For four years I was Musician-in-Residence at Rush University Children's Hospital through Snow City Arts Foundation. Each year 40,000 hospitalized children regularly miss school because of their need for treatment. Snow City Artists provide meaningful arts education to these children, most between the ages of 6 and 18. We work (collaborate) with them to boost their confidence, stimulate their minds, and teach them that they are contributing members of their community's cultural dialogue. Our program provides a nurturing and supportive artistic environment that is the utmost positive expression of hope. "The doctors find the illness, we find the artist."

The following tracks were created during daily general music workshops which take place in interested patient's hospital rooms or in the Idea Lab, our studio for artists-in-residence. I work one on one with patients or occasionally in small groups. The content of these workshops is determined by the common creative interests of the patients and I, and can include anything from basic skills on an instrument (drums, guitar, piano, digital music programming) to much more elaborate creative projects involving other media (visual art, poetry, photography, filmmaking, animation). The imagination and mood of the patient and I define what we do together. I never know how long we will have to work together or who might be in the room, or anything about their medical situation. The resulting work is truly collaborative, and always educational. Through a partnership with the Chicago Public School system, patients are eligible for school credit for their work with the artists.


This poem was written by Ashley, working with another artist-in-residence, poet Dan Godston. Ashley has such an expressive voice and character that I suggested we record her reading the poem. Later she and I arranged the music, and then worked on refining performance techniques with voice and rhythm for the overdub. She diligently recorded seven takes, listening back and improving her dynamics and timing with each take until she was satisfied.


This piece was written and performed by a 16 year old patient during a very intense few weeks of treatment at the hospital. He was extremely grateful to have a concise method of sharing with people where he had been and what he had been through without having to tell a very difficult story over and over. He wrote the lyrics and came to me for help designing a digital rhythm foundation to support his vocals and record onto CD. His father, who was a doctor at the hospital, expressed his gratitude for the opportunity to see his son so engaged in a creative project in the midst of a severe depression, regardless of the difficult nature of the material.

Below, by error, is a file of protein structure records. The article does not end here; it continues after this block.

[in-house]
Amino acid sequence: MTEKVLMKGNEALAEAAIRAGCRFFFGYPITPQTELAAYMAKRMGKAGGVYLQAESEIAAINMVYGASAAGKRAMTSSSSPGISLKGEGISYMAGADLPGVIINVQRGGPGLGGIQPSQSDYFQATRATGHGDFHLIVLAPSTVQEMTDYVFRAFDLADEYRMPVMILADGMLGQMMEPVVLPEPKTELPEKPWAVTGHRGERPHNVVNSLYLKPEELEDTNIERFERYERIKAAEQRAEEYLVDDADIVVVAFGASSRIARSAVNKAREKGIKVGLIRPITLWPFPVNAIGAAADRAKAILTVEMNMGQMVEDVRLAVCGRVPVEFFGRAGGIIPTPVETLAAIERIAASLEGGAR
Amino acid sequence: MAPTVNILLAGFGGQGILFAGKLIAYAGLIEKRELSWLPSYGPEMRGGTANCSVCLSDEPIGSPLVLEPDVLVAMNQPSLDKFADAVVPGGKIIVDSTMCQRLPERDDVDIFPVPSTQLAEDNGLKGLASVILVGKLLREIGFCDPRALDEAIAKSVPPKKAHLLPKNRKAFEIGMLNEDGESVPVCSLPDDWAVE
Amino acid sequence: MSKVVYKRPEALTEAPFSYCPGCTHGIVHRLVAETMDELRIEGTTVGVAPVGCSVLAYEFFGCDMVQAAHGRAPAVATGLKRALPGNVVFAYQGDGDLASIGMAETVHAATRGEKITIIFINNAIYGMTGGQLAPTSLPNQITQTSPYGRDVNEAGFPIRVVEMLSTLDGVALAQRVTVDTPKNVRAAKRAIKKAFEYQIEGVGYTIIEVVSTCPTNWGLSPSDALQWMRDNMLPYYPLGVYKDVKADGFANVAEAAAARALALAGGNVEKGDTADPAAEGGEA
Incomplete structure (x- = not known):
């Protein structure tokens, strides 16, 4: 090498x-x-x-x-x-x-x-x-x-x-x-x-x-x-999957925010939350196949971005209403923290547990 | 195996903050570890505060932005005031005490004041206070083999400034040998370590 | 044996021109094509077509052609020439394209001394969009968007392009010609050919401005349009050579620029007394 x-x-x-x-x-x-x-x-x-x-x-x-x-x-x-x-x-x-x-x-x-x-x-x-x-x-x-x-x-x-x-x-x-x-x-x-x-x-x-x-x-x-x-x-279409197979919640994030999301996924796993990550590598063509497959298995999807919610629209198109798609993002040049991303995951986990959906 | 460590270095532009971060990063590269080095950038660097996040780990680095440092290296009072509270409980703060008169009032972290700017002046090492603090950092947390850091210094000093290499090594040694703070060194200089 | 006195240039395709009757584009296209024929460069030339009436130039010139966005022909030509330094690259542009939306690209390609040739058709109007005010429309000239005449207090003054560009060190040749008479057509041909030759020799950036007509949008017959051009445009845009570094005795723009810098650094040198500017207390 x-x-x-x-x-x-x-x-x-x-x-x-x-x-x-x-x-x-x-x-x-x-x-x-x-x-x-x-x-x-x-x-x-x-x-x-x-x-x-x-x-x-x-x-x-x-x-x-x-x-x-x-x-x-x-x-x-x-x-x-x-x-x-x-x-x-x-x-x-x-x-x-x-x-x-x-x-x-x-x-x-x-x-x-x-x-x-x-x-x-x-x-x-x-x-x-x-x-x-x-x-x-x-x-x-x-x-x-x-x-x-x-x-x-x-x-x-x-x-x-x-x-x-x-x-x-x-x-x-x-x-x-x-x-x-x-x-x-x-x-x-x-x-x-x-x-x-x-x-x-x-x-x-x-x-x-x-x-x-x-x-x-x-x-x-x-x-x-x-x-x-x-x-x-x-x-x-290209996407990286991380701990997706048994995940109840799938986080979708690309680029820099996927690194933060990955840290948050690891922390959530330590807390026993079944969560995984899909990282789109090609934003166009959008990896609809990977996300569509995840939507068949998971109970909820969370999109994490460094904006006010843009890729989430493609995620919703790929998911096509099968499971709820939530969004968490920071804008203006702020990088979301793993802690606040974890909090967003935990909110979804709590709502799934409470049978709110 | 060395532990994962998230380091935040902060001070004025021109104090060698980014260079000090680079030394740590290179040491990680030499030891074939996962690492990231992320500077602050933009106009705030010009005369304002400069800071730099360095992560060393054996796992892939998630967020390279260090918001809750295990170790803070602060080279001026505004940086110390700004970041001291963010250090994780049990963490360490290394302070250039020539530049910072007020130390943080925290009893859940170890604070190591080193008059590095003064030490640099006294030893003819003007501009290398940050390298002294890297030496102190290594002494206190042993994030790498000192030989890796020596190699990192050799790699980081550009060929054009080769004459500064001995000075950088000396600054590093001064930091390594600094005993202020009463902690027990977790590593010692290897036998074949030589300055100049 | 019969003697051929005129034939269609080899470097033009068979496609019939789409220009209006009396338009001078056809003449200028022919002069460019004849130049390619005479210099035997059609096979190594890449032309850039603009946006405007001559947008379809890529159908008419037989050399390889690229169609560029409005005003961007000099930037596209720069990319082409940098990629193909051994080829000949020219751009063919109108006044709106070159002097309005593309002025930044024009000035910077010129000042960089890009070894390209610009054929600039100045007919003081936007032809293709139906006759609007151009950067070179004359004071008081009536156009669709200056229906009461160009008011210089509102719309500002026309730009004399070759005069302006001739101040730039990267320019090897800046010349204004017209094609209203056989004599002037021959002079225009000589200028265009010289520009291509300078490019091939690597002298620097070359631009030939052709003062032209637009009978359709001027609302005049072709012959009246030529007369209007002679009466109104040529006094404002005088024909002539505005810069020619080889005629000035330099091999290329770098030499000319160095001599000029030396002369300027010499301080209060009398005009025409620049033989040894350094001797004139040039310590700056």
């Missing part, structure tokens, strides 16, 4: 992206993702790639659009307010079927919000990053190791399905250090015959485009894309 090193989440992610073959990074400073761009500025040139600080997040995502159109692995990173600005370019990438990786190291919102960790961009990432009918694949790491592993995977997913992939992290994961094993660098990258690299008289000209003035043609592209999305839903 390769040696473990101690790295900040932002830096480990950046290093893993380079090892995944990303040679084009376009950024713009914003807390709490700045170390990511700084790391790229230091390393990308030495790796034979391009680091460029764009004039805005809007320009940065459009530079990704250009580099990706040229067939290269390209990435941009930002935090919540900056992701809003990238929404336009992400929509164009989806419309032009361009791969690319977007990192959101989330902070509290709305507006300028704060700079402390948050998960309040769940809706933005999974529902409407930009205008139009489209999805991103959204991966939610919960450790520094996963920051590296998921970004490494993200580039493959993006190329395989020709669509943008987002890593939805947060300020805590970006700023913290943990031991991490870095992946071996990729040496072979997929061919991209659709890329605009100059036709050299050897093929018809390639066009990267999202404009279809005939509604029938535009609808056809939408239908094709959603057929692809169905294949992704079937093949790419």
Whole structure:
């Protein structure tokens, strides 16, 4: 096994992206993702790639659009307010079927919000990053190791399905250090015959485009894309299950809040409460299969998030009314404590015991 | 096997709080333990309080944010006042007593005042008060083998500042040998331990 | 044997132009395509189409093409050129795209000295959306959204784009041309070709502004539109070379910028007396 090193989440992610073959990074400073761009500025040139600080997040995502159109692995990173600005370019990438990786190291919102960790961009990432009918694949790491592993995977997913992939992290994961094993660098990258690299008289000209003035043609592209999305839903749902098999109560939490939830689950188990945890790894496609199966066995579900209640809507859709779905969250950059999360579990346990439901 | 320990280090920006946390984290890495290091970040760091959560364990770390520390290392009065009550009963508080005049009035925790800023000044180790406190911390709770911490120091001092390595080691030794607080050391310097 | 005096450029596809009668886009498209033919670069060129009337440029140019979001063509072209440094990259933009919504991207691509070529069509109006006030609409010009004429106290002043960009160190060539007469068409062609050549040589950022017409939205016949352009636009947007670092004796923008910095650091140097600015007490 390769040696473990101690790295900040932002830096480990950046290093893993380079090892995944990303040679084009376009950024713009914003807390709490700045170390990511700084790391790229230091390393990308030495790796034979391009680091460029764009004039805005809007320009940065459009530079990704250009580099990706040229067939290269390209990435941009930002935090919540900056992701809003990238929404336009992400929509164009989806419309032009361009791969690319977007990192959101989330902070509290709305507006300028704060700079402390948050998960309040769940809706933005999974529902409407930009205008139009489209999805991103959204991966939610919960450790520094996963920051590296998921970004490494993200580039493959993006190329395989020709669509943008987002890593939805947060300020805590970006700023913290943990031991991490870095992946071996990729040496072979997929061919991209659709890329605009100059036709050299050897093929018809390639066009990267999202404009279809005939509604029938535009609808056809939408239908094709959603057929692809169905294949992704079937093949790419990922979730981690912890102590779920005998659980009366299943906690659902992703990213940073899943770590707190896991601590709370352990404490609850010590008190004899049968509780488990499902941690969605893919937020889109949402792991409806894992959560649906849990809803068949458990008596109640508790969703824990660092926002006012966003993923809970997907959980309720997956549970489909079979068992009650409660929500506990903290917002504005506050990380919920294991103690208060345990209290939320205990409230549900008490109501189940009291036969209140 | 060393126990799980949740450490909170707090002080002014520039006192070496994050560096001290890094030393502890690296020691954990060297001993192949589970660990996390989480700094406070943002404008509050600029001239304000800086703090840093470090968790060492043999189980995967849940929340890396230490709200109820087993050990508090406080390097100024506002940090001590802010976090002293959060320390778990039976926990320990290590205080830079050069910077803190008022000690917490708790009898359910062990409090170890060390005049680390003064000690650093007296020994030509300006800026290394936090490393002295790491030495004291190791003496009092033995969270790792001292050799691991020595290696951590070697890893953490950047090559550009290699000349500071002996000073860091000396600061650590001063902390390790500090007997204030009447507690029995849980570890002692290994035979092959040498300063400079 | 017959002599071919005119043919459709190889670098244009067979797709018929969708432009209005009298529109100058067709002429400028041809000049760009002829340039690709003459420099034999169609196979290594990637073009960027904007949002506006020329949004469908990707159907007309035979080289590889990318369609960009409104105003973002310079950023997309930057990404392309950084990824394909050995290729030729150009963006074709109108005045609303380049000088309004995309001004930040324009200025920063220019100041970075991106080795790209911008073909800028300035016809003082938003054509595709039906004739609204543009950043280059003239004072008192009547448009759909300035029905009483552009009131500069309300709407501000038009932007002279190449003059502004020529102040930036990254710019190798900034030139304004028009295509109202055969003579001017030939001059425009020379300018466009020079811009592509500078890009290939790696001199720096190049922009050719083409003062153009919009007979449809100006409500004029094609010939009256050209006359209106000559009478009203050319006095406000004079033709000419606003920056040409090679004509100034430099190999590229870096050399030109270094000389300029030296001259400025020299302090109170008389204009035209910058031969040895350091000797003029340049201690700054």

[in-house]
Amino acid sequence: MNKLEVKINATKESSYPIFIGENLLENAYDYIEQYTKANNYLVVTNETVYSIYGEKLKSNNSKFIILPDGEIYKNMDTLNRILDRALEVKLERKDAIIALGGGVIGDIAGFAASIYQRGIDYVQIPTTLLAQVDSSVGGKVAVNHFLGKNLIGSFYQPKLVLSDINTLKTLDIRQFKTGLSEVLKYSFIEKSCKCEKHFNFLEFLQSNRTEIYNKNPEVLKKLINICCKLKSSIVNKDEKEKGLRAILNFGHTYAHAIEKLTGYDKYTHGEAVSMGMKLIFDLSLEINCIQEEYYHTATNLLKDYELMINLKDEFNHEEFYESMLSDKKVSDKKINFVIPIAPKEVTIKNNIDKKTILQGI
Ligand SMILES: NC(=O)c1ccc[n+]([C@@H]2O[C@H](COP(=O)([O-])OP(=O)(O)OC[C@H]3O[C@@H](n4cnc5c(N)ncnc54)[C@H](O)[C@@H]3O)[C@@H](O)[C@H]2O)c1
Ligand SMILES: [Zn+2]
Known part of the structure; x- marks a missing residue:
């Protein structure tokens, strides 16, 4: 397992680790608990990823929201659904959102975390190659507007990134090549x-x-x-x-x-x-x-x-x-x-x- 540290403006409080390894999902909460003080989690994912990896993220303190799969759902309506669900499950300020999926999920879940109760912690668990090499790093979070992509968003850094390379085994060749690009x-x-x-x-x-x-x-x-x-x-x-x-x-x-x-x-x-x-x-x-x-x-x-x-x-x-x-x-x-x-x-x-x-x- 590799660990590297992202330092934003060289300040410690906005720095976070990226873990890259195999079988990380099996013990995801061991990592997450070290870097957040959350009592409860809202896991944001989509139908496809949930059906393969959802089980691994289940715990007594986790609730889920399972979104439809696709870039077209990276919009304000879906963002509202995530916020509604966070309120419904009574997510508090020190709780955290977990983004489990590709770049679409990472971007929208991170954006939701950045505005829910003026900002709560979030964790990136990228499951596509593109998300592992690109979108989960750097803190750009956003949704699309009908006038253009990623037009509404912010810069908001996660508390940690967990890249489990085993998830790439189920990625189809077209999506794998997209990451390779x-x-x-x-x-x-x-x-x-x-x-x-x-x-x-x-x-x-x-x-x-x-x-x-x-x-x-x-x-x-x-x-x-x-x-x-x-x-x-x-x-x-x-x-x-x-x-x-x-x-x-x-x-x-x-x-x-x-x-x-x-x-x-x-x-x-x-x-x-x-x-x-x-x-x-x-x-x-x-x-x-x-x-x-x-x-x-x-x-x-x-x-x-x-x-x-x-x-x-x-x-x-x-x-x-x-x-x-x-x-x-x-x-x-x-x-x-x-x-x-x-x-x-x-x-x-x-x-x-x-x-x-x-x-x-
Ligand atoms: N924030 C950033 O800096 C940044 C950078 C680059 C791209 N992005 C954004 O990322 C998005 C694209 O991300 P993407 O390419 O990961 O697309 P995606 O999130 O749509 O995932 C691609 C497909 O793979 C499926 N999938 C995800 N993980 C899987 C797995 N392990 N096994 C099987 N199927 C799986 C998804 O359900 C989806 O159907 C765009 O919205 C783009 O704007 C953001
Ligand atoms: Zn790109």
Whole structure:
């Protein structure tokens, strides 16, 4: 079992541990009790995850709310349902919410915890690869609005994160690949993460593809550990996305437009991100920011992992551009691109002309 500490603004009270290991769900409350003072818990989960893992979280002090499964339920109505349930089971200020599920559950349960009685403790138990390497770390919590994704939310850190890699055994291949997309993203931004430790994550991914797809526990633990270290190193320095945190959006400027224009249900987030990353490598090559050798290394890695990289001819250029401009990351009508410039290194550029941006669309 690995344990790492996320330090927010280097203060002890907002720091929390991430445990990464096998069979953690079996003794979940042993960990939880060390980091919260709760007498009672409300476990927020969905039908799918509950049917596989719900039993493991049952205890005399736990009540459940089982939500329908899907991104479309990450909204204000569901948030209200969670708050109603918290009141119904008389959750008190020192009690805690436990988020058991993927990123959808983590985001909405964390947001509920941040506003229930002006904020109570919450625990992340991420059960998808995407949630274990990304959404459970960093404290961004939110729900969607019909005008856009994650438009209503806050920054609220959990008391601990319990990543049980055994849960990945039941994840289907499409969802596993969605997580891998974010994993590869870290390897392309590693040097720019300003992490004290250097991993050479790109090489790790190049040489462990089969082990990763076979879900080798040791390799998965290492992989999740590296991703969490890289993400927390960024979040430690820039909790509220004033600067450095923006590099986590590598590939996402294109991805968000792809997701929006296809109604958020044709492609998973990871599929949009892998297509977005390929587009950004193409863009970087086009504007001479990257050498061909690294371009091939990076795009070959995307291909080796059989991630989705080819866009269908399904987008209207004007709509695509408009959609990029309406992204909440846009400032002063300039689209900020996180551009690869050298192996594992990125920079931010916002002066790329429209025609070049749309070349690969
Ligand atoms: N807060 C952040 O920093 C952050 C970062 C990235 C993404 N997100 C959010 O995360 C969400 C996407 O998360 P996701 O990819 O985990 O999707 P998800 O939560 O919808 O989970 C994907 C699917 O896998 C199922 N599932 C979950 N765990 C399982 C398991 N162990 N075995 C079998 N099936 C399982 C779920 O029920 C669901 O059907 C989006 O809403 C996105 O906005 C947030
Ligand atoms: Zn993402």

Adam, age 12, is a drummer and guitarist who comes from a musical family and is fluent with his iPhone music apps. At the moment he was more interested in digital composition than in playing any instruments. He chose some tracks while his grandfather, a lifetime bass player with a wonderful gravelly voice, told stories of his early days as a bass player in Chicago. We asked him to sing a typical bass line that might fit. Then we cut and pasted and looped until we came up with an arrangement that we liked.


A collaborative cover song (by Beck) made with a 26 yr old patient who was also a professional musician.


Cristian, 9, explores the idea of strength.


Lillie, age 16, wrote this poem on her own and then came to me to help orchestrate and record it.


Abel, 16, worked with Snow City Artists for over 4 years while receiving his dialysis treatment, which takes four hours and must be done 3 days a week. He loves Reggaeton and brought in two of his favorite CDs to educate me. We listened critically to them together, identifying key elements the artists combined to create their tracks. We then arranged this original composition using Garageband, a digital music program, augmenting loops with Abel's voice and laugh. We had to manually adjust the drum loops to create the right rhythm and sound combinations. The piece is unfinished as Abel was transferred to another dialysis center.


Although Jaime, age 9, plays electric guitar, he was more interested in the recording equipment. His mother, a professional musician herself, taught me this Mexican song. I taught Jaime how to use the equipment so he could act as recording engineer, responsible for giving cues, adjusting levels, and making critical decisions for getting a quality recording from his hospital bed while his mother and I played and sang this duet.


Jarred, age 9, drew a comic strip with one of the visual artists-in-residence. We then animated it with this soundtrack.


A reading of a particularly magical piece of writing.


A musical poem about gloves.